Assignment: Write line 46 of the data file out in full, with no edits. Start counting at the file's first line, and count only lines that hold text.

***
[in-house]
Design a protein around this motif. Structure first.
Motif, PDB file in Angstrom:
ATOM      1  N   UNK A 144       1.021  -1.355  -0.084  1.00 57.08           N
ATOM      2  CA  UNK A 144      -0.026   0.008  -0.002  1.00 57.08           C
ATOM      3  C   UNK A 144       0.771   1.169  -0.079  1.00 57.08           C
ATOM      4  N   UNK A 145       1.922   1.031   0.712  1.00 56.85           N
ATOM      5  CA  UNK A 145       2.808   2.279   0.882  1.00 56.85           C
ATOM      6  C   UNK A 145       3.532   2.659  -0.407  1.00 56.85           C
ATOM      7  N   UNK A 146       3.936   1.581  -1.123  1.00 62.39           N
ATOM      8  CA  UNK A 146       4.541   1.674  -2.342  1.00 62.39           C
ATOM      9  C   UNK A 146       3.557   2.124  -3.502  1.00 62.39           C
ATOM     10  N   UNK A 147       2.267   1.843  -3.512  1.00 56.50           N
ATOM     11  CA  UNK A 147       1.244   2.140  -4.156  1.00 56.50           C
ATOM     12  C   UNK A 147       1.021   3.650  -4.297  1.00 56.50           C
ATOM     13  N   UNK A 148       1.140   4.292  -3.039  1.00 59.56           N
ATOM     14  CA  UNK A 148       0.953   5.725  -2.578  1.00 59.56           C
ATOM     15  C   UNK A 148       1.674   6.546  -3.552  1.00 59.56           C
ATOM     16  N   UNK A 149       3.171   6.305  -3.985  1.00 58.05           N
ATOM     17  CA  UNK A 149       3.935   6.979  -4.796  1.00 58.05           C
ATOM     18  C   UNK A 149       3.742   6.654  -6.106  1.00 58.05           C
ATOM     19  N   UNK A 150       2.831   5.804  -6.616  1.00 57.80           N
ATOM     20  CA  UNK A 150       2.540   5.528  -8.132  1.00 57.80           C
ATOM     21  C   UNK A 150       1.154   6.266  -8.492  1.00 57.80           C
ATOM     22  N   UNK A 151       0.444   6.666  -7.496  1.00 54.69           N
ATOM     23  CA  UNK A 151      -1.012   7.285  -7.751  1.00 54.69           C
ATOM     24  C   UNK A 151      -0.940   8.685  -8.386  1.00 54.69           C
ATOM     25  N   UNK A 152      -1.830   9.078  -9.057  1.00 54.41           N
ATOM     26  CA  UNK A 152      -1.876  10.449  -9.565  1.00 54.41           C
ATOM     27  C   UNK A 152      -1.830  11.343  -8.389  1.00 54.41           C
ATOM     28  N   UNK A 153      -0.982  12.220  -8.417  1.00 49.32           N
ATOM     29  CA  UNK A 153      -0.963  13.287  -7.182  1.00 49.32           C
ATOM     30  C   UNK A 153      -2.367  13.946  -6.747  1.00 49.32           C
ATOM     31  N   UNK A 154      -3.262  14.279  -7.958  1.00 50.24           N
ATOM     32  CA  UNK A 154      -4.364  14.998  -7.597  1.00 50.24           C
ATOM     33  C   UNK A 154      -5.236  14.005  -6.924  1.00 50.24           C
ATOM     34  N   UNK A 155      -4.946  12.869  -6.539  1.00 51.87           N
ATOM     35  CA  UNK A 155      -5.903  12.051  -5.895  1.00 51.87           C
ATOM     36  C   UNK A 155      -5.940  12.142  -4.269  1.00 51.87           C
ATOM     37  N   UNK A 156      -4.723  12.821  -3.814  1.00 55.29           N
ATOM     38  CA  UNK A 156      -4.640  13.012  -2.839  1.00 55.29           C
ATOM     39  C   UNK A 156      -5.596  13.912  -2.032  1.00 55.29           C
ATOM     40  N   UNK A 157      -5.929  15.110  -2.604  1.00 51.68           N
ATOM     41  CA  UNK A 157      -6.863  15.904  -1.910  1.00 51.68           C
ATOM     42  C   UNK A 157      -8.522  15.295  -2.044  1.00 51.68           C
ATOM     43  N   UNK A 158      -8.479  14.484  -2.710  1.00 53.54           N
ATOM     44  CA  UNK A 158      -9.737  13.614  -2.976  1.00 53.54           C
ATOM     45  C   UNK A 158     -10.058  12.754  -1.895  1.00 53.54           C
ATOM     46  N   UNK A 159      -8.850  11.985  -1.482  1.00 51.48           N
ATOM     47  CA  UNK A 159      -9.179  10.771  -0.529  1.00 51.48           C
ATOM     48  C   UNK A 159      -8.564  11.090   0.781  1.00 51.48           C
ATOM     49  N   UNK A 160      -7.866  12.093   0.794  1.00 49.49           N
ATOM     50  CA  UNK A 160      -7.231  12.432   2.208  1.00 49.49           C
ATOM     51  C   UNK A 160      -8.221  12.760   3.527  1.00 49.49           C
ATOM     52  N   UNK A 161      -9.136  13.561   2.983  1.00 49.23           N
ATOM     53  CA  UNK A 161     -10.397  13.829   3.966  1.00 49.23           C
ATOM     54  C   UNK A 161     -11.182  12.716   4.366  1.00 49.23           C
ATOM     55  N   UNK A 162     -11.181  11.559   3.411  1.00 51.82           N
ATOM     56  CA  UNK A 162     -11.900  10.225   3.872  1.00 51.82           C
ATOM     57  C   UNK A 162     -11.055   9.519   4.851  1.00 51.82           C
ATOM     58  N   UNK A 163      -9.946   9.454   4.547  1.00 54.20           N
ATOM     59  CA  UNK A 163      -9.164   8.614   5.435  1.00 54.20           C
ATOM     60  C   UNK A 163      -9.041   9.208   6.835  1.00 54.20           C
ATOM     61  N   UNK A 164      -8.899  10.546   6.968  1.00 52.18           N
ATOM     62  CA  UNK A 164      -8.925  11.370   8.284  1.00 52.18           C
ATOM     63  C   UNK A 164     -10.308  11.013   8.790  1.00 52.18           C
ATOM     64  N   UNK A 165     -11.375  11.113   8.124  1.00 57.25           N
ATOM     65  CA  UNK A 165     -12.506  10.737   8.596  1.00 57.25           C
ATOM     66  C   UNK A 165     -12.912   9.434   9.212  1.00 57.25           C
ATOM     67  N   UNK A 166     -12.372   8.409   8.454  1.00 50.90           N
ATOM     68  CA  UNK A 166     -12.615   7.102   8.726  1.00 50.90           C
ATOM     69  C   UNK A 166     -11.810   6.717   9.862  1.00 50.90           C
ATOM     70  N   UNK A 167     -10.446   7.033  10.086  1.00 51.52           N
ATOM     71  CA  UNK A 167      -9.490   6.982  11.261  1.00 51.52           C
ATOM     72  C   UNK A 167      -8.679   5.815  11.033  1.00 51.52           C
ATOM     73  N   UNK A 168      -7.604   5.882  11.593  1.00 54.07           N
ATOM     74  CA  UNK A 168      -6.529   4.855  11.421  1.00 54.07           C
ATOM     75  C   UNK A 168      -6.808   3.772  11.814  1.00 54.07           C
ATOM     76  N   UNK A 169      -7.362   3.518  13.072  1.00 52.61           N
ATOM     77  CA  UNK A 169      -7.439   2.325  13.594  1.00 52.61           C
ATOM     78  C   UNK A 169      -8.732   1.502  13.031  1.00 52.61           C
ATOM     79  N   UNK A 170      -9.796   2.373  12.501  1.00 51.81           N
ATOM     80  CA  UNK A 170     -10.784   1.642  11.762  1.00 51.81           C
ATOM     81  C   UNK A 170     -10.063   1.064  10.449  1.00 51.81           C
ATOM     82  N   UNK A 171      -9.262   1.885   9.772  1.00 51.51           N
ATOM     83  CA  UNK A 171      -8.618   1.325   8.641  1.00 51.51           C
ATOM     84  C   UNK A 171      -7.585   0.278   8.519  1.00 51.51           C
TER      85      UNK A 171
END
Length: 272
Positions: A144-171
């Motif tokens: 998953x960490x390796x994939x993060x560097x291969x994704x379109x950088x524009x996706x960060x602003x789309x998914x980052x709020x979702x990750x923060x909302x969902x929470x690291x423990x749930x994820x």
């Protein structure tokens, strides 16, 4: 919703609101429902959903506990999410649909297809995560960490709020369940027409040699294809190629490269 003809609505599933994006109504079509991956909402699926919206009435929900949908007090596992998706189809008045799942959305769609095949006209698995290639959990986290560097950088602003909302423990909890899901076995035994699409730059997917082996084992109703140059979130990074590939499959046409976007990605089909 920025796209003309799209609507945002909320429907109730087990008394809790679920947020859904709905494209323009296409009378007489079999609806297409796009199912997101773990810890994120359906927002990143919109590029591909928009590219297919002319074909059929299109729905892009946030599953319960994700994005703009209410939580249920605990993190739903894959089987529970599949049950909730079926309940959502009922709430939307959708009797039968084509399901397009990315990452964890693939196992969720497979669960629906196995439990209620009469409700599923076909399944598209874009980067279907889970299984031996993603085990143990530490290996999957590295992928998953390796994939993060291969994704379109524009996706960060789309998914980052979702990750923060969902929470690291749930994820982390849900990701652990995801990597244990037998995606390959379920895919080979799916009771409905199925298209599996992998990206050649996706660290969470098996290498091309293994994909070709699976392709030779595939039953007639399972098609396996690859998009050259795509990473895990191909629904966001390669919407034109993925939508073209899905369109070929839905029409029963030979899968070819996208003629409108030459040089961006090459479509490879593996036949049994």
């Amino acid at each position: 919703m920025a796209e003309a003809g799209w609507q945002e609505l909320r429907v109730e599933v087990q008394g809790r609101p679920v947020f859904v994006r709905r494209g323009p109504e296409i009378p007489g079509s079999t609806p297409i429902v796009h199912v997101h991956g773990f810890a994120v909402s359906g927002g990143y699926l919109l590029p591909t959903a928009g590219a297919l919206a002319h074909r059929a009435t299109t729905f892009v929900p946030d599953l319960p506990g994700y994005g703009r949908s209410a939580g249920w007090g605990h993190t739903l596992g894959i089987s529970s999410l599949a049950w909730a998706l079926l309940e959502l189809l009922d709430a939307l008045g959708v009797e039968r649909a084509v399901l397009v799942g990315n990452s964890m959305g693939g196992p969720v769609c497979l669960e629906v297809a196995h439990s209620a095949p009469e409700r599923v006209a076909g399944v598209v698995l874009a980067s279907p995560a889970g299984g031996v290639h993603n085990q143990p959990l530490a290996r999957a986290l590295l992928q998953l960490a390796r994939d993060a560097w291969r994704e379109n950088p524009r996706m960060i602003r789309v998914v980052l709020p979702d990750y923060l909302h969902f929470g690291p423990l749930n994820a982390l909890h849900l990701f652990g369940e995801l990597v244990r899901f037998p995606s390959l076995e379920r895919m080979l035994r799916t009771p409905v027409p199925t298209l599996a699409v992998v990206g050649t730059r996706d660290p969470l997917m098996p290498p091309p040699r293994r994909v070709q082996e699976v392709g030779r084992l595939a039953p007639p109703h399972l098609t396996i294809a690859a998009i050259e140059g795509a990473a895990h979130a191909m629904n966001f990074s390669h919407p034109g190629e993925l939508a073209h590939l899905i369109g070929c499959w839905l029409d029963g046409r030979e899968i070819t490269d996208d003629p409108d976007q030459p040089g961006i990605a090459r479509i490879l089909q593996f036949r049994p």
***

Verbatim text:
ATOM     43  N   UNK A 158      -8.479  14.484  -2.710  1.00 53.54           N